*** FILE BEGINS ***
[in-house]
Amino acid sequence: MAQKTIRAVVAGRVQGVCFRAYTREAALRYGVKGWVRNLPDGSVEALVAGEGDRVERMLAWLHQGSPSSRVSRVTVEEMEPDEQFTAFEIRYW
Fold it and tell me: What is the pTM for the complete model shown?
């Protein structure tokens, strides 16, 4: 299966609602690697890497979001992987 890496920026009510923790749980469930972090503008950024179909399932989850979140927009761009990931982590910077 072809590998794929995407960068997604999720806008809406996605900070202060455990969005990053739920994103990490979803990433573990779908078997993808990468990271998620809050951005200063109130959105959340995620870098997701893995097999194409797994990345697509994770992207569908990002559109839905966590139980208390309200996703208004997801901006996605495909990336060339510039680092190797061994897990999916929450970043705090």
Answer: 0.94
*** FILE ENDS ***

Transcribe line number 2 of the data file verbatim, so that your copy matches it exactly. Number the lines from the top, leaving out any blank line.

Amino acid sequence: MAQKTIRAVVAGRVQGVCFRAYTREAALRYGVKGWVRNLPDGSVEALVAGEGDRVERMLAWLHQGSPSSRVSRVTVEEMEPDEQFTAFEIRYW